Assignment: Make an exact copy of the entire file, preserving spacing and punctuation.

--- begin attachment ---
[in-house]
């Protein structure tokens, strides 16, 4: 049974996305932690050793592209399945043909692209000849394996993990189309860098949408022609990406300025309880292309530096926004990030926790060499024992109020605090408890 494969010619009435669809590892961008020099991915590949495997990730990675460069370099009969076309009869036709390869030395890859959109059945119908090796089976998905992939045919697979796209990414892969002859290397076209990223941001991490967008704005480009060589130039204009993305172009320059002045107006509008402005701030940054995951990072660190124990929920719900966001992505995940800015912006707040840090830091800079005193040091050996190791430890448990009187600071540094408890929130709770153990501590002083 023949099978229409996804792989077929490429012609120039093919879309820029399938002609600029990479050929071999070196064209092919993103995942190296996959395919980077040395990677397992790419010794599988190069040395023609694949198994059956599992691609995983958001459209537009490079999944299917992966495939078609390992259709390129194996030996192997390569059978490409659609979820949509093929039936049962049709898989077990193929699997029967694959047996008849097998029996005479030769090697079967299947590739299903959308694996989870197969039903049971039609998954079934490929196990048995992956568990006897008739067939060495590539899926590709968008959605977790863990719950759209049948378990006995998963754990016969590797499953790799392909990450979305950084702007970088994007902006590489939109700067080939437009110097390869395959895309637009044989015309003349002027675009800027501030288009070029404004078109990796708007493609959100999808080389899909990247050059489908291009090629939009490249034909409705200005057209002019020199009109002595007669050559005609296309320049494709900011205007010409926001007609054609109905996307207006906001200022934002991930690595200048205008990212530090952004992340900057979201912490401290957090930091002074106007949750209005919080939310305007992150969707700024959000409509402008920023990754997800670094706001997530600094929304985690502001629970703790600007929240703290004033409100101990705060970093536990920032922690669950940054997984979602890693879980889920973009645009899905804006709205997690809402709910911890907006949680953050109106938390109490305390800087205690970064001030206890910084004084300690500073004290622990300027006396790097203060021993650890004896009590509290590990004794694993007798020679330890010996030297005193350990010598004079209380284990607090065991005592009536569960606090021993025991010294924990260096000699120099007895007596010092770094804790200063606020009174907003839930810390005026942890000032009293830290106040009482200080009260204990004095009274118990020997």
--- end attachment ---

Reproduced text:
[in-house]
């Protein structure tokens, strides 16, 4: 049974996305932690050793592209399945043909692209000849394996993990189309860098949408022609990406300025309880292309530096926004990030926790060499024992109020605090408890 494969010619009435669809590892961008020099991915590949495997990730990675460069370099009969076309009869036709390869030395890859959109059945119908090796089976998905992939045919697979796209990414892969002859290397076209990223941001991490967008704005480009060589130039204009993305172009320059002045107006509008402005701030940054995951990072660190124990929920719900966001992505995940800015912006707040840090830091800079005193040091050996190791430890448990009187600071540094408890929130709770153990501590002083 023949099978229409996804792989077929490429012609120039093919879309820029399938002609600029990479050929071999070196064209092919993103995942190296996959395919980077040395990677397992790419010794599988190069040395023609694949198994059956599992691609995983958001459209537009490079999944299917992966495939078609390992259709390129194996030996192997390569059978490409659609979820949509093929039936049962049709898989077990193929699997029967694959047996008849097998029996005479030769090697079967299947590739299903959308694996989870197969039903049971039609998954079934490929196990048995992956568990006897008739067939060495590539899926590709968008959605977790863990719950759209049948378990006995998963754990016969590797499953790799392909990450979305950084702007970088994007902006590489939109700067080939437009110097390869395959895309637009044989015309003349002027675009800027501030288009070029404004078109990796708007493609959100999808080389899909990247050059489908291009090629939009490249034909409705200005057209002019020199009109002595007669050559005609296309320049494709900011205007010409926001007609054609109905996307207006906001200022934002991930690595200048205008990212530090952004992340900057979201912490401290957090930091002074106007949750209005919080939310305007992150969707700024959000409509402008920023990754997800670094706001997530600094929304985690502001629970703790600007929240703290004033409100101990705060970093536990920032922690669950940054997984979602890693879980889920973009645009899905804006709205997690809402709910911890907006949680953050109106938390109490305390800087205690970064001030206890910084004084300690500073004290622990300027006396790097203060021993650890004896009590509290590990004794694993007798020679330890010996030297005193350990010598004079209380284990607090065991005592009536569960606090021993025991010294924990260096000699120099007895007596010092770094804790200063606020009174907003839930810390005026942890000032009293830290106040009482200080009260204990004095009274118990020997």